• Just in case, repeat 2 if applicable (turkey remains in hand)
  • Wash hands
  • Cook it, or bury it, or try a combination
  • Either will result in: all turkeys being on to you
  • Confusing the turkeys will not work
  • Ruses generally will not work
  • Disguises do not work (unless + scent mask, then only sometimes however)
  • Costumes have limited effectiveness
  • Feigning disinterest works until they are on to you
  • Unless they were originally feigning too
  • Do not try to hide whatever it is they are looking for (if you have it)
  • Offer it to appease them or throw it out to distract them (if possible)
  • Don't be hopeful
  • Cars are typically safe
  • The house is not always safe but usually it is safe
  • A tall fence does not help the house to be safe
  • Doorknobs are favorable
  • Handles are not
  • Low handles are especially not
  • A house breach usually signifies the end, unless there are fortified rooms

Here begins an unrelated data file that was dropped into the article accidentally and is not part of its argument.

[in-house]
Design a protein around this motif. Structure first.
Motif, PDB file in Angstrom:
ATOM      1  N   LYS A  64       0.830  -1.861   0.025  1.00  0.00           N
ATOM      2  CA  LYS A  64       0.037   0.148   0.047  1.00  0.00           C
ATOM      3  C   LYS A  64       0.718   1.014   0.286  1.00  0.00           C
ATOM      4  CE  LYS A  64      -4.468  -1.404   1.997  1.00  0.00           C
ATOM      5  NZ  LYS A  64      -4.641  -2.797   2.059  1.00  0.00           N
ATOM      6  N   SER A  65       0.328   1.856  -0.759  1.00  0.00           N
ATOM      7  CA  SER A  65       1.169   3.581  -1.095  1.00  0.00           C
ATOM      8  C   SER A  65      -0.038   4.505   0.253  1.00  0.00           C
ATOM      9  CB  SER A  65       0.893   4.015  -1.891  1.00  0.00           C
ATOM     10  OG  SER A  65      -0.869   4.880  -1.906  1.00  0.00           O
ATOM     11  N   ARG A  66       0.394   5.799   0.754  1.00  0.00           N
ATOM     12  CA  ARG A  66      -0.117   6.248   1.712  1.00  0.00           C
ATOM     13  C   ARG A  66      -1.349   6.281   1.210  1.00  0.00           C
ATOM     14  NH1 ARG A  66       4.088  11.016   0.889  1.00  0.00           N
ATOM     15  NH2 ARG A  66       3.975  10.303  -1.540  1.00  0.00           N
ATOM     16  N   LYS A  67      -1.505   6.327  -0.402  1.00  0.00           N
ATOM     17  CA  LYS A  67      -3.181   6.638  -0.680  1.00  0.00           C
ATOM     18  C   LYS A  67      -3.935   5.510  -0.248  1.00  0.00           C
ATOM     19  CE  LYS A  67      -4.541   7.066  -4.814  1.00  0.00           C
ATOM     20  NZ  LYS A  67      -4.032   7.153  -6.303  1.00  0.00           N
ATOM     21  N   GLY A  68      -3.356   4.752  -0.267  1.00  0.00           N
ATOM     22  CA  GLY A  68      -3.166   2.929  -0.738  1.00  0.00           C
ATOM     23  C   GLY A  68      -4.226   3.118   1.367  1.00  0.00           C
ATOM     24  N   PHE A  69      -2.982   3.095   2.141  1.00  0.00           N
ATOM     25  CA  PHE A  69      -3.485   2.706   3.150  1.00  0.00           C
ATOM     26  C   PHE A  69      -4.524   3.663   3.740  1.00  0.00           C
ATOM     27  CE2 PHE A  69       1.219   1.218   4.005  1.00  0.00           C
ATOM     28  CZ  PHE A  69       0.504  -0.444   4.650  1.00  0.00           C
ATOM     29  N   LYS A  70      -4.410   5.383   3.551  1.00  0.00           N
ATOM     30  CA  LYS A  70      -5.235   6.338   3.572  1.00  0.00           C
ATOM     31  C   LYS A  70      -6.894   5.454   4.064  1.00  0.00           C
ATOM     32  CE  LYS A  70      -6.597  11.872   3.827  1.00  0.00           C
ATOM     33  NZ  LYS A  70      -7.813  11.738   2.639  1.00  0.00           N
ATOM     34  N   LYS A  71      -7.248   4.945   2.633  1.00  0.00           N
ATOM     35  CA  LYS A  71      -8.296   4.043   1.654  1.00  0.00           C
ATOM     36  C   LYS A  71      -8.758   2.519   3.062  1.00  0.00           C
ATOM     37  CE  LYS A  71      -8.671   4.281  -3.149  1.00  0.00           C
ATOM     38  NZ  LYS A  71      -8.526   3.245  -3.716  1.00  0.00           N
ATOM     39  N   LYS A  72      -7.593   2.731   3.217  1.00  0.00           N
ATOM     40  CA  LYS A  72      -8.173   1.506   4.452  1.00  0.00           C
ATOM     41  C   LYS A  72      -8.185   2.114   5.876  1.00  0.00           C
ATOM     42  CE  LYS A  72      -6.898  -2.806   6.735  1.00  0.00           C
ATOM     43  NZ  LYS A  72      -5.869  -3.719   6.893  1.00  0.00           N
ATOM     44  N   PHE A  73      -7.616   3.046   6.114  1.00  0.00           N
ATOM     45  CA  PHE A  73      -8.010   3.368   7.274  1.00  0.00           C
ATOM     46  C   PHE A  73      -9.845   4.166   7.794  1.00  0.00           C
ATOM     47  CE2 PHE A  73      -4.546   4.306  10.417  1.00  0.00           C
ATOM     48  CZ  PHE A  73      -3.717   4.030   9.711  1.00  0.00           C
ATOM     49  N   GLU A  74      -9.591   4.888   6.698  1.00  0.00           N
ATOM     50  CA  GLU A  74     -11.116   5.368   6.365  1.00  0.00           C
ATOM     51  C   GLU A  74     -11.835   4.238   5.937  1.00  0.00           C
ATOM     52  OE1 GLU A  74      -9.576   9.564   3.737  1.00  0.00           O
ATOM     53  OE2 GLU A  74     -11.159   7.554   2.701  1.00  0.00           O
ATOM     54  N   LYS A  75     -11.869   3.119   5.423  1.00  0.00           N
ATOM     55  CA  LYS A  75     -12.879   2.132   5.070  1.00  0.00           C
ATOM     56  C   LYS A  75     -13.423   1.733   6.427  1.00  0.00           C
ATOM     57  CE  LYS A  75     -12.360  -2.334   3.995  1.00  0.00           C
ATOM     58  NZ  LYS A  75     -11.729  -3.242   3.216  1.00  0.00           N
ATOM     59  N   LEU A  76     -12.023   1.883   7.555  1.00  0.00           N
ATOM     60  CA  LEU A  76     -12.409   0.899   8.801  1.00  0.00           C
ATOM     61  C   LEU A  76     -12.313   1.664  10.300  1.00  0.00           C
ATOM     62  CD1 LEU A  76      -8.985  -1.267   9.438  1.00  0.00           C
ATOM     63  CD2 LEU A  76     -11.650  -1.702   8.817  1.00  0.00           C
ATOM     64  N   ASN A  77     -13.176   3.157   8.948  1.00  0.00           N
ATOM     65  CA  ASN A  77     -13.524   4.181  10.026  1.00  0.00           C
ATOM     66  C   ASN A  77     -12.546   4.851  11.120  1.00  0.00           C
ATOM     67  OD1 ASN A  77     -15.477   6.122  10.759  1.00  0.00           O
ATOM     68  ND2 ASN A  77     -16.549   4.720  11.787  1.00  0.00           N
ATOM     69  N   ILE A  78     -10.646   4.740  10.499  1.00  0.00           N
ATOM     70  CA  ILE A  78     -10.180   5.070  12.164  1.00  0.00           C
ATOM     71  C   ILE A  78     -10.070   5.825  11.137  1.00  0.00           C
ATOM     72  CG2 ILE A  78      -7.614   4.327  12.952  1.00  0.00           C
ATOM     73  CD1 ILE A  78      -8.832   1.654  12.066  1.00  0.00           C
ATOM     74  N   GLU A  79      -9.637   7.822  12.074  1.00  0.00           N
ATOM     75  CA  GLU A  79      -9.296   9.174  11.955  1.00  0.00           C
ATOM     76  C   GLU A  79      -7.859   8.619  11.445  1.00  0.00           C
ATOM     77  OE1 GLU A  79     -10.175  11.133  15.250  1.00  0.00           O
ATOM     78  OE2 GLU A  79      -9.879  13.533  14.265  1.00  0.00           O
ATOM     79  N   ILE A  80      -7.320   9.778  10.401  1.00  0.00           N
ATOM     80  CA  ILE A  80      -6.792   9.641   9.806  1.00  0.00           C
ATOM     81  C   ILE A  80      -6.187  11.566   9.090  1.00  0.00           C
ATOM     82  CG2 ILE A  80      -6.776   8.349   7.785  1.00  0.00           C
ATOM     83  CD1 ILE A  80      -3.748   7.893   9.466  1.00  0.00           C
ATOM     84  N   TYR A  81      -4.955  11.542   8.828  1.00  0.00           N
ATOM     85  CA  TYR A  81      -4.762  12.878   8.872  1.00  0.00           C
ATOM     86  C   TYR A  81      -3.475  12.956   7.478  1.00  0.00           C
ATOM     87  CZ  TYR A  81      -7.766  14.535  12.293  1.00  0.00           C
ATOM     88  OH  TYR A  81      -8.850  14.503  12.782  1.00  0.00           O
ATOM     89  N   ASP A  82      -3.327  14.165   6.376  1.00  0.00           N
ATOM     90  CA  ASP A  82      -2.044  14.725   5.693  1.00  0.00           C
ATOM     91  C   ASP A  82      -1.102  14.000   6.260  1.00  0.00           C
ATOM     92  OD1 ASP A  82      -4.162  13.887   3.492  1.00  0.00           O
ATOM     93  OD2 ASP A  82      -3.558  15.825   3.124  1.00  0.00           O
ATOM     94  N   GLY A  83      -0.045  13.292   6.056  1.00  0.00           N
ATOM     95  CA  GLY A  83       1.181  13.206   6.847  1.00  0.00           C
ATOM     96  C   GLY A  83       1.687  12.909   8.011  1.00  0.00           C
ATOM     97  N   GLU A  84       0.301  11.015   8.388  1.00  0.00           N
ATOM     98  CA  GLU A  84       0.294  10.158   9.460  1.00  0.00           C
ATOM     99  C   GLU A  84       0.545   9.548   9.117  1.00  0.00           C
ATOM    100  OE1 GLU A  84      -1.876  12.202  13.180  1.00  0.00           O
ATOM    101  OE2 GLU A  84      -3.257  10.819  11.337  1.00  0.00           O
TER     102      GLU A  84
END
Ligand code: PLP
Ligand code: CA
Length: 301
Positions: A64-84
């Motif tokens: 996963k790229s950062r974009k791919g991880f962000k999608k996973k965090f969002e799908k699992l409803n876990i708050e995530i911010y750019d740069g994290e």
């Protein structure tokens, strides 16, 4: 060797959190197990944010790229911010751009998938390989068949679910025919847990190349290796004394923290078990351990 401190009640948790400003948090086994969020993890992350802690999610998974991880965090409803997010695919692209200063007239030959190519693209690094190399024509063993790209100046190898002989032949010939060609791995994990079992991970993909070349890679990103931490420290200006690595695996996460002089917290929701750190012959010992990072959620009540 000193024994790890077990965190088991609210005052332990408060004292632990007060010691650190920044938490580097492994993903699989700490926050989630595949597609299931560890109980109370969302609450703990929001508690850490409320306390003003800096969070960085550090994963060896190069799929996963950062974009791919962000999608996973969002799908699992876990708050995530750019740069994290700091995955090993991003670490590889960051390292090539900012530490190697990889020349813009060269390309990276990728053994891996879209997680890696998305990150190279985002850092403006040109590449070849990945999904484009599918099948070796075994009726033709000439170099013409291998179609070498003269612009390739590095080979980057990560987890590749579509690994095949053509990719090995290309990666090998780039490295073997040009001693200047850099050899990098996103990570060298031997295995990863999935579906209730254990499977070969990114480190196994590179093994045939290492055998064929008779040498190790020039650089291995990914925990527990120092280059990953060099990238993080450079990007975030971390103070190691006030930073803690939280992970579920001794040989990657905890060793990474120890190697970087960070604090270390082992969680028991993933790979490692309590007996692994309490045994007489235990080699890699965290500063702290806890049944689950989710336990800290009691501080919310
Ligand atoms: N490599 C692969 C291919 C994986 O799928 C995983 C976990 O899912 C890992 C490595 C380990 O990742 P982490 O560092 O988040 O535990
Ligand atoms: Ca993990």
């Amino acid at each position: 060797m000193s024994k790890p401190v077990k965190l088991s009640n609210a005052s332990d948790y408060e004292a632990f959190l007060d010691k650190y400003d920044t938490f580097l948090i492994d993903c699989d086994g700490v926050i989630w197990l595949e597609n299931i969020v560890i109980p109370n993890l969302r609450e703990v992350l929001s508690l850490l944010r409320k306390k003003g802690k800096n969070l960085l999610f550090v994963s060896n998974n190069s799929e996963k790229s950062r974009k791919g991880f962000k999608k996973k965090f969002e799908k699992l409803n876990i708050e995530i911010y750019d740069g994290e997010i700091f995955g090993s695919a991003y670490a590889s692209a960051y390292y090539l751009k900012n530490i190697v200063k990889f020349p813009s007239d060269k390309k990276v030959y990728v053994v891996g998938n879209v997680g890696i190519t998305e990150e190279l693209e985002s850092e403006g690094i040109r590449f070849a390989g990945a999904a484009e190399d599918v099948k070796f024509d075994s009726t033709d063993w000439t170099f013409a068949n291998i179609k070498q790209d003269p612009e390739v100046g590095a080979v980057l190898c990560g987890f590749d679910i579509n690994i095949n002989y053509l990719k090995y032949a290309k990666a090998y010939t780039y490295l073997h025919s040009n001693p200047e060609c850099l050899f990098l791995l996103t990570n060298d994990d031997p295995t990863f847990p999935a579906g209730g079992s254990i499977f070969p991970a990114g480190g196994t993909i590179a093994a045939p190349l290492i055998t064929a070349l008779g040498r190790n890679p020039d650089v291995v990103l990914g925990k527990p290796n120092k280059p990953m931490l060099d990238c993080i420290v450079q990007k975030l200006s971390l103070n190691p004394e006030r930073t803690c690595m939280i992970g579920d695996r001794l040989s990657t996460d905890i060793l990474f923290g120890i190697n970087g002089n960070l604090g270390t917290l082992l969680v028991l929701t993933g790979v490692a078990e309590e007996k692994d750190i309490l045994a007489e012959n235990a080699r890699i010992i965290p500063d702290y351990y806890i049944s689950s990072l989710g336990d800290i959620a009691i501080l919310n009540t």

• It is not a good time to get distracted by your phone
  • If they blitz you and still you manage to get inside and lock the door and everyone else has fled or was taken out, and all you have is a bottle of brandy and an ambien, just be thankful that you've got em and try to go to sleep if you can ignore the scratching and calling and general horror, also write what you can on the white-painted wood of the wall with the sharpie stored under the sink for this purpose; it is the turkey reckoning so you'd better come up with a clever line by which to be remembered in the human resistance
  • Ambien dreams can be pretty cool but in your dreams, don't open anything
  • When you wake in the morning and they are gone, the area will need a good cleaning
  • Welcome to the new world order

high-ranking turkeys, surveying

* * *

Sunday, October 10, 2010

Sufjan Stevens, Etc.

I have come around to loving his new album. It took a while to get past the bombastic flautistry and what-have-you, but honestly, I love it, even with how slight the reserves of my patience are for most electronic and techno music. This is the age of adz, and it is awesome.